Adrian Peterson was raised to believe he could overcome any obstacle in life. From a young age, Peterson experienced difficulties with his speech. He worked hard and attended speech therapy for many years to overcome a severe stuttering problem. Peterson not only overcame his stuttering, but now he travels the US speaking with young people about overcoming obstacles and the benefits of hard work. Peterson is better known for his football career that began at Georgia Southern University in 1998. During his time at GSU, Peterson received numerous school and NCAA class 1-AA records, won two national championships, and received the Walter Payton Award for Most Outstanding Player as a running back. After college, Peterson went on to play in the NFL. He was drafted by the Chicago Bears in the 6th round. He spent seven successful years with the Bears. During his football years, Peterson didn’t know that life’s events would present him with an even greater obstacle… pediatric cancer.
On May 16, 2015, Peterson tried to fight back the tears as he shared his story with an audience of football coaches and fans at the first annual Coaches for Curing Cancer Football Coaches’ Clinic and Dinner Gala benefiting CURE in Savannah, Georgia. In June 2014, Peterson and his wife, Angela, were faced with devastating news. Their first born son, Adrian Junior (AJ), was diagnosed with a rare inoperable brain tumor known as Diffuse Intrinsic Pontine Glioma (DIPG). “Everyone thought I had accomplished a lot,” said Adrian. “They thought I was strong. They thought I was a hero. But during his battle with cancer, AJ proved that he was strong. He was the real hero. He never complained. Even once the cancer had progressed and AJ couldn’t see or hear, he never cried or complained. My son is my hero.”
AJ lost his battle with cancer in February of 2015. The Petersons find peace in their faith in God. They know that AJ is 100% healed in heaven.
When Jenkins High School Athletic Director and Coaches for Curing Cancer President, Tim Adams, and CURE’s Patient and Family Services Manager, Mandy Garola, were looking for a keynote speaker for the Dinner Gala, Peterson was an obvious choice. “We couldn’t think of anyone better to appeal to a football loving audience, and speak on the need for assisting pediatric cancer families and funding research,” commented Garola. “We knew that Adrian would be the perfect speaker, but we weren’t sure he’d be ready because his loss was so fresh. We wanted to approach him, but let him know that there was no pressure. We presented him with the idea, asked him to think it over, and let us know later. We were thrilled when Peterson agreed to speak on behalf of CURE and Coaches for Curing Cancer a few days later.” At the Dinner Gala, Peterson shared with the audience that he accepted the invitation because he did not want other families to experience a loss like his.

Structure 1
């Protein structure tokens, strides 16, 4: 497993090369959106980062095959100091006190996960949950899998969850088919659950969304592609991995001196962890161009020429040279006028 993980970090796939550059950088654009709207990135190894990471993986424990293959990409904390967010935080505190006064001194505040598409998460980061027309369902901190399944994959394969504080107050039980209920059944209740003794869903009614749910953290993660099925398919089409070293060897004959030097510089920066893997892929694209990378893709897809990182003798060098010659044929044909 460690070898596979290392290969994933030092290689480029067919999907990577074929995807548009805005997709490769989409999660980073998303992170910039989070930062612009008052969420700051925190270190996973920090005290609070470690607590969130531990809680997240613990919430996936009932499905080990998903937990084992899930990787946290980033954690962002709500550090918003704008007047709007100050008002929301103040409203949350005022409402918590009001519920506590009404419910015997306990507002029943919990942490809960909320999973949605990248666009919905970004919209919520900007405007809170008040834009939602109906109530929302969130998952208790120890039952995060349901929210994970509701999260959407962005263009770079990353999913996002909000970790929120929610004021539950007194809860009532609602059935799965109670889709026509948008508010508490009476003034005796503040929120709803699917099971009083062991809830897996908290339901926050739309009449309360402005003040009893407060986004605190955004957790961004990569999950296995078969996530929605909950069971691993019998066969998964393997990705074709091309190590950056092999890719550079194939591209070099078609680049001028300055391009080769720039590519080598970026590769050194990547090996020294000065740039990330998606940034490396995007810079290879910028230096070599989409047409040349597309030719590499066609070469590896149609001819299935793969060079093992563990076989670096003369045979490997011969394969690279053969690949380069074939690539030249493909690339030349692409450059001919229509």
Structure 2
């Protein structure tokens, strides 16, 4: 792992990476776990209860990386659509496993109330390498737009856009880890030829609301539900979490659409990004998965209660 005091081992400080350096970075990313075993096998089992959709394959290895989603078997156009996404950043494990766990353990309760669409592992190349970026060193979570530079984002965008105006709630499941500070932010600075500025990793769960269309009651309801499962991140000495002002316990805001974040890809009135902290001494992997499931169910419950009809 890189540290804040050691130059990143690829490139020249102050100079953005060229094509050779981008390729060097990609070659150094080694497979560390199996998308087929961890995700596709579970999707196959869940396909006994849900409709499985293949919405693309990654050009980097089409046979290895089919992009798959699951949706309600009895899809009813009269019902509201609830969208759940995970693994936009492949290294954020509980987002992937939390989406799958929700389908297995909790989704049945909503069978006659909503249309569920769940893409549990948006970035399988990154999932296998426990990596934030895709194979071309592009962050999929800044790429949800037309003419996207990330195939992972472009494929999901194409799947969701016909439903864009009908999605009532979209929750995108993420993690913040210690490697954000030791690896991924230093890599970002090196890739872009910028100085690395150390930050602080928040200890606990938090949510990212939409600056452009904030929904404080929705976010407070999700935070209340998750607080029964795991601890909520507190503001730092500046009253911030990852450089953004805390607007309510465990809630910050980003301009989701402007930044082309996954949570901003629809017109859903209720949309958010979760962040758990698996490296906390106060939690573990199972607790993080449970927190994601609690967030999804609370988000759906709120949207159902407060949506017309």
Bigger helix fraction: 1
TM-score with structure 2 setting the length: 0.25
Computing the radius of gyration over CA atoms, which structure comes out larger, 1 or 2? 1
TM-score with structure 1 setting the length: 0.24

Coaches from all over the state of Georgia and beyond came together Friday and Saturday at The Embassy Suites Hotel in downtown Savannah. They shared ideas and attended sessions led by some of the leading coaches in the Southeast including: Willie Fritz, Head Coach at Georgia Southern, Mike Sewak, Offensive Line Coach at Georgia Tech, and Mitch Ware, Assistant Coach at Army-West Point.
Saturday night’s dinner gala was not just for coaches. Guests enjoyed a great selection of sports memorabilia in a silent auction, sports trivia with WJCL Sports Director, Frank Sulkowski, testimonies from several local pediatric cancer patients, and keynote speaker, Adrian Peterson.
This inaugural event was a success. “I’ve wanted to do something for pediatric cancer for a long time,” said Coaches for Curing Cancer’s President, Tim Adams. “I lost my nephew to cancer five years ago, and I’ve seen how devastating it is to the family. I don’t know a lot about fundraising, but I do know about football. I have a lot of football contacts, and I’m so appreciative of them coming together to support CURE. I’m especially thankful to Adrian for sharing his story.” The weekend raised $10,000. Coach Adams hopes to make it an annual event.